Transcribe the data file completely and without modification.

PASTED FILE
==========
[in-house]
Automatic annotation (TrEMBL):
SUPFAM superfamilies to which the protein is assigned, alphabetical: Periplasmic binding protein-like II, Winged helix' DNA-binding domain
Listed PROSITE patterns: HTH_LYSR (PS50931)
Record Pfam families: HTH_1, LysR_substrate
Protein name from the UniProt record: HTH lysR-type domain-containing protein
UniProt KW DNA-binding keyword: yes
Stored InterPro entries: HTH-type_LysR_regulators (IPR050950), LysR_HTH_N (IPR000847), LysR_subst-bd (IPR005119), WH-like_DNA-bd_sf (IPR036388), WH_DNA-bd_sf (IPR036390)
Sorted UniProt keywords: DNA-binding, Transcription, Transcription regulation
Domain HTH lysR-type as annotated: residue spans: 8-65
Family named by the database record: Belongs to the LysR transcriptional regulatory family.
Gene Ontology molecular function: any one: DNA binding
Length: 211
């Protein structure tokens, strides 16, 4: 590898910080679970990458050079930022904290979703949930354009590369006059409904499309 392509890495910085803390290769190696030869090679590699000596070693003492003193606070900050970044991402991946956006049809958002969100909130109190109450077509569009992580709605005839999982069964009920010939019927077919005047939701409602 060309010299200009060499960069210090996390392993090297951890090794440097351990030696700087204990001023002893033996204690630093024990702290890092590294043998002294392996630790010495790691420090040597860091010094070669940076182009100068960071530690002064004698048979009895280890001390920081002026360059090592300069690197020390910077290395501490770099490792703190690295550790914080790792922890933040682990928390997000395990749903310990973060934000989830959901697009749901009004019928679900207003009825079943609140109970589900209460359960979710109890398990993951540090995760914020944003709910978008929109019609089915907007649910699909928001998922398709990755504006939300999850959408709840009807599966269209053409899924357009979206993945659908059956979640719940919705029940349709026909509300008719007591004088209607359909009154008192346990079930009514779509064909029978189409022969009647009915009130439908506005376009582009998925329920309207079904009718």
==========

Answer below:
[in-house]
Automatic annotation (TrEMBL):
SUPFAM superfamilies to which the protein is assigned, alphabetical: Periplasmic binding protein-like II, Winged helix' DNA-binding domain
Listed PROSITE patterns: HTH_LYSR (PS50931)
Record Pfam families: HTH_1, LysR_substrate
Protein name from the UniProt record: HTH lysR-type domain-containing protein
UniProt KW DNA-binding keyword: yes
Stored InterPro entries: HTH-type_LysR_regulators (IPR050950), LysR_HTH_N (IPR000847), LysR_subst-bd (IPR005119), WH-like_DNA-bd_sf (IPR036388), WH_DNA-bd_sf (IPR036390)
Sorted UniProt keywords: DNA-binding, Transcription, Transcription regulation
Domain HTH lysR-type as annotated: residue spans: 8-65
Family named by the database record: Belongs to the LysR transcriptional regulatory family.
Gene Ontology molecular function: any one: DNA binding
Length: 211
């Protein structure tokens, strides 16, 4: 590898910080679970990458050079930022904290979703949930354009590369006059409904499309 392509890495910085803390290769190696030869090679590699000596070693003492003193606070900050970044991402991946956006049809958002969100909130109190109450077509569009992580709605005839999982069964009920010939019927077919005047939701409602 060309010299200009060499960069210090996390392993090297951890090794440097351990030696700087204990001023002893033996204690630093024990702290890092590294043998002294392996630790010495790691420090040597860091010094070669940076182009100068960071530690002064004698048979009895280890001390920081002026360059090592300069690197020390910077290395501490770099490792703190690295550790914080790792922890933040682990928390997000395990749903310990973060934000989830959901697009749901009004019928679900207003009825079943609140109970589900209460359960979710109890398990993951540090995760914020944003709910978008929109019609089915907007649910699909928001998922398709990755504006939300999850959408709840009807599966269209053409899924357009979206993945659908059956979640719940919705029940349709026909509300008719007591004088209607359909009154008192346990079930009514779509064909029978189409022969009647009915009130439908506005376009582009998925329920309207079904009718």